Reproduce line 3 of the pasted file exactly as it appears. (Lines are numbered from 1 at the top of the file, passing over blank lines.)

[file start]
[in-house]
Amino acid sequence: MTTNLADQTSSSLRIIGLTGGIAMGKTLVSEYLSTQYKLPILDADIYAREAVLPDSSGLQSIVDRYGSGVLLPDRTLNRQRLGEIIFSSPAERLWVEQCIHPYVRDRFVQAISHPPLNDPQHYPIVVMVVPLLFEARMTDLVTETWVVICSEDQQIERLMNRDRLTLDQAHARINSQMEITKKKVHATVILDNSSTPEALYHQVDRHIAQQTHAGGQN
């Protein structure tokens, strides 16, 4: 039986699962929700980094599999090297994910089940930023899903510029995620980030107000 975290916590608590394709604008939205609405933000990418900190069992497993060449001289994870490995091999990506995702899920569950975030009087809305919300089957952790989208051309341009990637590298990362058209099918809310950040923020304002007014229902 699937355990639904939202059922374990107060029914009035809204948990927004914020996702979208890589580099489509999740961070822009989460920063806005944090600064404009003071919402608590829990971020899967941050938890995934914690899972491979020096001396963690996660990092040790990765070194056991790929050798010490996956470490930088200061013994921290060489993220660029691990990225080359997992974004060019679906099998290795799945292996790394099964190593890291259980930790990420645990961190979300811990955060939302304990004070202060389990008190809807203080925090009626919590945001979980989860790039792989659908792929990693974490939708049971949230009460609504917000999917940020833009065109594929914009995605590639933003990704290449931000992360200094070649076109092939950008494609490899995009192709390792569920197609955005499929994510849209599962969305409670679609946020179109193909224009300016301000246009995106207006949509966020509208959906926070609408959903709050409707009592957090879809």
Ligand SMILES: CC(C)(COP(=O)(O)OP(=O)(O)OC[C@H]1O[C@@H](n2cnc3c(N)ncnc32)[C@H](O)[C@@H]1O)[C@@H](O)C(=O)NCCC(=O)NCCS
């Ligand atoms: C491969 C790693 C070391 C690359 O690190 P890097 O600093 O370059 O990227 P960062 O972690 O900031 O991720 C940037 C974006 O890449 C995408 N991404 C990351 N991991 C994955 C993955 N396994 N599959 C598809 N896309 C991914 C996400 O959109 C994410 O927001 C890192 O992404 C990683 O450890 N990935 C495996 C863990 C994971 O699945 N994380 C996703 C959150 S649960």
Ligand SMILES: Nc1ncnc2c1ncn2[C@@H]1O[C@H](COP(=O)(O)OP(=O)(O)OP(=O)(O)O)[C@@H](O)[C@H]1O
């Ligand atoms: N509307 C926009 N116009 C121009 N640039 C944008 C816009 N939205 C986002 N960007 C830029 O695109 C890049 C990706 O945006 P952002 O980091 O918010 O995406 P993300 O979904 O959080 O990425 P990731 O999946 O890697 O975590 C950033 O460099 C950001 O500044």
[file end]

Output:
């Protein structure tokens, strides 16, 4: 039986699962929700980094599999090297994910089940930023899903510029995620980030107000 975290916590608590394709604008939205609405933000990418900190069992497993060449001289994870490995091999990506995702899920569950975030009087809305919300089957952790989208051309341009990637590298990362058209099918809310950040923020304002007014229902 699937355990639904939202059922374990107060029914009035809204948990927004914020996702979208890589580099489509999740961070822009989460920063806005944090600064404009003071919402608590829990971020899967941050938890995934914690899972491979020096001396963690996660990092040790990765070194056991790929050798010490996956470490930088200061013994921290060489993220660029691990990225080359997992974004060019679906099998290795799945292996790394099964190593890291259980930790990420645990961190979300811990955060939302304990004070202060389990008190809807203080925090009626919590945001979980989860790039792989659908792929990693974490939708049971949230009460609504917000999917940020833009065109594929914009995605590639933003990704290449931000992360200094070649076109092939950008494609490899995009192709390792569920197609955005499929994510849209599962969305409670679609946020179109193909224009300016301000246009995106207006949509966020509208959906926070609408959903709050409707009592957090879809």